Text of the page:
Potomac Overlook Regional Park is soul food for this African. Walking in the park’s forests gives a smidgeon of the sensation of being in untrammeled nature and away from it all—despite being in a densely populated area close to the heartbeat of one of the world’s most powerful cities. I try to go there as often as possible, and always emerge refreshed and energized. I’ve blogged about it previously: it’s one of the places where observing deer is exhilarating rather than exasperating. Seeing them there transforms us humans from beleaguered gardeners into awestruck visitors. Park woodlands are where deer belong.
Apart from wildlife and the trees, the other appealing aspect of Potomac Overlook Regional Park is the gradient. I enjoy the way the forests slope down to the Potomac River. So it was perhaps inevitable that someone would hatch a plan to develop the park’s forested bluffs along the Potomac into a commercial zip line venture.
The suggested plans also included “expansion of the park entrance and additional parking, construction of a new amphitheater/stage area, an urban agriculture plot, a youth group camping area, and improvements to the birds of prey shelter”.
Having two thrill-loving teenagers and having experienced myself the pleasure of such canopy tours—in South Africa’s Magaliesberg—I’m not averse to zip lining. It’s great fun! However, the notion of developing so dramatically one of the remaining, relatively untouched woodlands in the metro area is simply horrifying. Washington residents, human and animal alike, need a place such as Potomac Overlook Regional Park to help stay sane. The idea of tampering with it reminded me of Joni Mitchell’s “pav[ing] paradise to put up a parking lot”.
Happily, many in the community were similarly appalled at the idea of changing so many aspects of this treasure of a park.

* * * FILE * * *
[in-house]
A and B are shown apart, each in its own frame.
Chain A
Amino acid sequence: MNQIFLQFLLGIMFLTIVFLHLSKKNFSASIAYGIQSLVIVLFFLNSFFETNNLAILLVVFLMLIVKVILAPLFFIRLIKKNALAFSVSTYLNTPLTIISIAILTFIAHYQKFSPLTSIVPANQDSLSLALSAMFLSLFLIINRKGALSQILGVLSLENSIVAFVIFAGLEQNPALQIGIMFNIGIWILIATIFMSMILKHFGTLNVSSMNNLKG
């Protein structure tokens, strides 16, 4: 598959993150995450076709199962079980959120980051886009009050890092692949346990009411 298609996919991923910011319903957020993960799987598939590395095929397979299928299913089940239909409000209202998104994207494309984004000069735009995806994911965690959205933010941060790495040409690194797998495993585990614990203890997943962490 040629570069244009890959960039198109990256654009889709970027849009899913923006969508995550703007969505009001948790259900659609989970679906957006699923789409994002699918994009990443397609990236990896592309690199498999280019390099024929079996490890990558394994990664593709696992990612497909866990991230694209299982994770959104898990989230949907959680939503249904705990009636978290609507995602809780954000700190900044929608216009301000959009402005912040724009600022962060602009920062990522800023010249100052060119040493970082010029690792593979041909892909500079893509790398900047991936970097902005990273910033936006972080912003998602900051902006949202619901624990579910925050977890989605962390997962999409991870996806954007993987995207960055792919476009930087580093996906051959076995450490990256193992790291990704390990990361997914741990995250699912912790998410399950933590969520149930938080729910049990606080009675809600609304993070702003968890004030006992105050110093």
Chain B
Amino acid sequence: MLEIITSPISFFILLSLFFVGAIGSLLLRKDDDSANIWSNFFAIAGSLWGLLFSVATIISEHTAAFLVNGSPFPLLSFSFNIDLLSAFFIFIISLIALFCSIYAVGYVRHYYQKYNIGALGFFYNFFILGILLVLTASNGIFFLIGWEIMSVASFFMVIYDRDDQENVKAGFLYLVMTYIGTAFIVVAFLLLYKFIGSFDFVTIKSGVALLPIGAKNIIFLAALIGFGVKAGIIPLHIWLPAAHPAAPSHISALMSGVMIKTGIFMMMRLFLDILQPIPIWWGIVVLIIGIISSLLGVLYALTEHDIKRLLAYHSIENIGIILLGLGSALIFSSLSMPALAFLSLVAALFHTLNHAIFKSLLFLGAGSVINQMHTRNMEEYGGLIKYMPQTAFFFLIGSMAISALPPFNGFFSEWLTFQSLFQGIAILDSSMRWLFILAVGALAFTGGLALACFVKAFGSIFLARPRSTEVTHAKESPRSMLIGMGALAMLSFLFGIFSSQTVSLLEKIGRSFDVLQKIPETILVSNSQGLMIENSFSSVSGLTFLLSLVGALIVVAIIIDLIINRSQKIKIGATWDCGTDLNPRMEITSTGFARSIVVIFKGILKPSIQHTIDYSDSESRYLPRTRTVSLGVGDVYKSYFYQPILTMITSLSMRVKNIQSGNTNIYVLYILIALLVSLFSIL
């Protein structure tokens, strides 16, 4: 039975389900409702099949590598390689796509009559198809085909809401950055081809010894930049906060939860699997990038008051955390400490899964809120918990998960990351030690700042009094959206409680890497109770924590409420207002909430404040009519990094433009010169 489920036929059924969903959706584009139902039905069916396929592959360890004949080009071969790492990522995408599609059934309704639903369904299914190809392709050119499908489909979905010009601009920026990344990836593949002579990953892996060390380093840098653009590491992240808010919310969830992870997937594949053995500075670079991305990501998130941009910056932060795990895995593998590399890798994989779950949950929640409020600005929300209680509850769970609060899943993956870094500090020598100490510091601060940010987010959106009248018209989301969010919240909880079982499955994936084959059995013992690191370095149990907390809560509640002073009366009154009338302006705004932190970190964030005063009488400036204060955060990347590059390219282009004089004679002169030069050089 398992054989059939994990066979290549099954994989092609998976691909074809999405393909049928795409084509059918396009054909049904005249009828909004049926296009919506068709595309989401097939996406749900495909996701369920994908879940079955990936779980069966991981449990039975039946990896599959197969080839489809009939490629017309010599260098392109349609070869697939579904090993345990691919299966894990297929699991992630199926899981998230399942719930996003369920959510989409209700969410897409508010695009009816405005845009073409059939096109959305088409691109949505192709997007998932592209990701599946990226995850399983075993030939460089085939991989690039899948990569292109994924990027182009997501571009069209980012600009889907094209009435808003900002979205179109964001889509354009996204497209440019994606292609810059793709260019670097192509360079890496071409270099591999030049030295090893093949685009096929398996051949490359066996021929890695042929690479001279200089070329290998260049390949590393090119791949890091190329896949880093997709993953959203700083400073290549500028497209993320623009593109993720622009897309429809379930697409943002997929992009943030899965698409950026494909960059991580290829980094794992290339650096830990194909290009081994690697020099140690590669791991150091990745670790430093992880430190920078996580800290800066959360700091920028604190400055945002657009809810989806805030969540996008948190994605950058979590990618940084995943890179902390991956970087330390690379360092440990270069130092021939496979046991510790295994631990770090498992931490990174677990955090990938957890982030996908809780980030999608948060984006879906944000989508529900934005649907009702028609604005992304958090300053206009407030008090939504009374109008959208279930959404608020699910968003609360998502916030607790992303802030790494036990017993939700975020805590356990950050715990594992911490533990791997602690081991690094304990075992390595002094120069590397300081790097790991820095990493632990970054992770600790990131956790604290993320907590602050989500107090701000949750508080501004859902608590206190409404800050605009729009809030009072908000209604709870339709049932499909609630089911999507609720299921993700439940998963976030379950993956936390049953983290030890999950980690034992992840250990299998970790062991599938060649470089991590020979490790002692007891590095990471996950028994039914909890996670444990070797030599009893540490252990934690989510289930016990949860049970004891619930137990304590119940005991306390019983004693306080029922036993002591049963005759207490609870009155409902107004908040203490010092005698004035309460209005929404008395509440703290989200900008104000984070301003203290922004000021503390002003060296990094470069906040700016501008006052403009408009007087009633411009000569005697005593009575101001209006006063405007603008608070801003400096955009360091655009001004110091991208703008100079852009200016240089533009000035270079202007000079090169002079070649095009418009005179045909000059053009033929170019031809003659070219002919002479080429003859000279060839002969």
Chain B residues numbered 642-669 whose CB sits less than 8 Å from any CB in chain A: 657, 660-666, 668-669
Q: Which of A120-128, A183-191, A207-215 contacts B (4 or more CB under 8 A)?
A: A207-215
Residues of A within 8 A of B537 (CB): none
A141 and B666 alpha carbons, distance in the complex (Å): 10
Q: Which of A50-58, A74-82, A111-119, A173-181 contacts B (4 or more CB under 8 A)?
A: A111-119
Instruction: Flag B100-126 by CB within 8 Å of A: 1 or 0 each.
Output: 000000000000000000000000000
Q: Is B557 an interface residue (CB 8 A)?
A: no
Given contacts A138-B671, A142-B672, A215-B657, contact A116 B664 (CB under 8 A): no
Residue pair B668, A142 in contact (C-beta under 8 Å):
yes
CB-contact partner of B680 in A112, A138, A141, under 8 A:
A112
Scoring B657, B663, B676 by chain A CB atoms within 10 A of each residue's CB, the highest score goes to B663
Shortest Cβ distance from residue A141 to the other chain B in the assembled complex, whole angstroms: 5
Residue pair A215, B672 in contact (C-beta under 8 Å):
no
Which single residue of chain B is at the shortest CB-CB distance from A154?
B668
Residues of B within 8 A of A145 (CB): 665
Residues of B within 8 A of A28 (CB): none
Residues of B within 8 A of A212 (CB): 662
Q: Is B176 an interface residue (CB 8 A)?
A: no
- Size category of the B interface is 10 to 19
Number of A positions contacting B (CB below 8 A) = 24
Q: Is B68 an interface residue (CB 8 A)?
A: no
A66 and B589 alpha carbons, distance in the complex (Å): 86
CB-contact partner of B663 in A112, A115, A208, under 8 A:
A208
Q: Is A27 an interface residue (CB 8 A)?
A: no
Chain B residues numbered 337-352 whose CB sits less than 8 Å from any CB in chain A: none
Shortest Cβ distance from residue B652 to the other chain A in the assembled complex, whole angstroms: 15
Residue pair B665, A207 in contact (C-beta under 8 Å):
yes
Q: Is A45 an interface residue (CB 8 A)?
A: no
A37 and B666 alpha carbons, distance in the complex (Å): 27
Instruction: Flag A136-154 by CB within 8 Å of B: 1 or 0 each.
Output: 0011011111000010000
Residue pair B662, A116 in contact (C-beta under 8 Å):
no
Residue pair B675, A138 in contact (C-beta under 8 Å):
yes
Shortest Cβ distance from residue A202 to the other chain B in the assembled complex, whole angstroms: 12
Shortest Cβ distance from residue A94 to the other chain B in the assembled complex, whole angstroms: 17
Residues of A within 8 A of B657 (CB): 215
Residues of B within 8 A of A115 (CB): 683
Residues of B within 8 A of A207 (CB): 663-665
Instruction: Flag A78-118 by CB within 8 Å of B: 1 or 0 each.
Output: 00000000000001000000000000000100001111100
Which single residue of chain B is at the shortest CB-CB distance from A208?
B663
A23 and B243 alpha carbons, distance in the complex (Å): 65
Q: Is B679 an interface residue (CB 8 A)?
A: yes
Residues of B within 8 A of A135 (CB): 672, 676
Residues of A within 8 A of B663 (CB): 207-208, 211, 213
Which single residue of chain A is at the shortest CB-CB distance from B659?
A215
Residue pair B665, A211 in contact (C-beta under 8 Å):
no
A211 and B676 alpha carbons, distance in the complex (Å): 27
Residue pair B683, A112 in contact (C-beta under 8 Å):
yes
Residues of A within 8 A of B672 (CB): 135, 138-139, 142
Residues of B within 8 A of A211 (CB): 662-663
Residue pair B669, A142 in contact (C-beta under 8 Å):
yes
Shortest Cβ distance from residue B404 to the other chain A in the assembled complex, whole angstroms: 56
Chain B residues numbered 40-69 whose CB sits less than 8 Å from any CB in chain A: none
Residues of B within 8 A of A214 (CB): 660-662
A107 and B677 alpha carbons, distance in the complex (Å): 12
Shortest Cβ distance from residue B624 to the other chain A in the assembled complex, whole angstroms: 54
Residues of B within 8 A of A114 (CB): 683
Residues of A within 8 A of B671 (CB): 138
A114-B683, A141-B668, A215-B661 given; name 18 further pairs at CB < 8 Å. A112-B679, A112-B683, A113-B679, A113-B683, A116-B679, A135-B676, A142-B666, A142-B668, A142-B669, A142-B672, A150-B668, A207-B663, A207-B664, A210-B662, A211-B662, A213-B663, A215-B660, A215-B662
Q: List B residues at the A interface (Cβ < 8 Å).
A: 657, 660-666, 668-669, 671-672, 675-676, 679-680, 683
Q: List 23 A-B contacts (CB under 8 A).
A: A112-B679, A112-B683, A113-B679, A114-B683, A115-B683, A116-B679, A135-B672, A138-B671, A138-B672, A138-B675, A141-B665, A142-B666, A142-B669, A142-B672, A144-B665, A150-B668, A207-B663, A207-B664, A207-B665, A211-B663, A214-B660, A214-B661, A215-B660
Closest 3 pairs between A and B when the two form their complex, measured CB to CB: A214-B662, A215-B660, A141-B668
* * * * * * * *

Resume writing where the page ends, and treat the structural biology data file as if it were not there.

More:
A meeting on March 19, this past Tuesday, in a church hall adjoining the park was overflowing with indignant, vocal, and very organized park lovers. They had flooded the Northern Virginia Regional Park Authority with emails, letters, and phone calls since the NVRPA authorized “planning and implantation” of the projects at a November 15, 2012 meeting and then presented revised plans at a February 26, 2013 public meeting.
At the outset of Tuesday’s meeting, NVRPA officials announced that they rescinded their November 15, 2012 authorization to plan and implement the projects. They admitted to “eating a big slice of humble pie”, and noted the “force of the community” and the “power of public opinion”. Using a buzz phrase that the Obama administration has contributed to Washington lexicon, they promised to “hit reset”.
It is a remarkable turnaround and a breath of fresh air to hear officials admitting to miscalculation and error. Oh that all public officials or managers were so responsive to those whose interests they ostensibly serve.
In their campaign to get NVRPA board members to change their mind, the activist park users reminded all that the NVRPA itself had declared “the mission of Potomac Overlook Regional Park is to provide a protected woodland sanctuary, in order to preserve environmental quality and species diversity; to provide environmental and cultural education, stressing the relationship between all living organisms and to provide a natural setting in which to enjoy low impact recreational activities and physical exercise.”
Beware any entity that tries to implement a measure in a community such as this that doesn’t have broad-based support. In a fair generalization, many Washington area residents are over-educated, overachieving, incredibly determined people who know how to organize and get their opinion across. Don’t mess with them, or cross them. A well-informed and highly opinionated citizenry lives here.
As usual, the source of the problem was a search for revenue. Potomac Overlook Regional Park, the largest park in Arlington County, is clearly not a moneymaking enterprise. Indeed, it is documented to be one of the revenue drains for the NVRPA, although it is not the biggest money loser among the parks.
NVRPA officials acknowledged it was a mistake to pursue turning such a nature education park into a revenue stream without better community outreach and engaging earlier with the public.
The furor around Potomac Overlook Regional Park is an instructive example of the weight that public opinion should be play in policymaking. Policymakers ignore the views of those they serve at their peril. If only this type of pragmatic, consensual politics could be practiced at the federal and state level as well as it was this past week in Arlington County.
But it is not enough to merely solicit public opinion. Government officials must also listen to that public opinion and react accordingly. Public officials’ contrite apologies can be even more refreshing than a walk in the woods.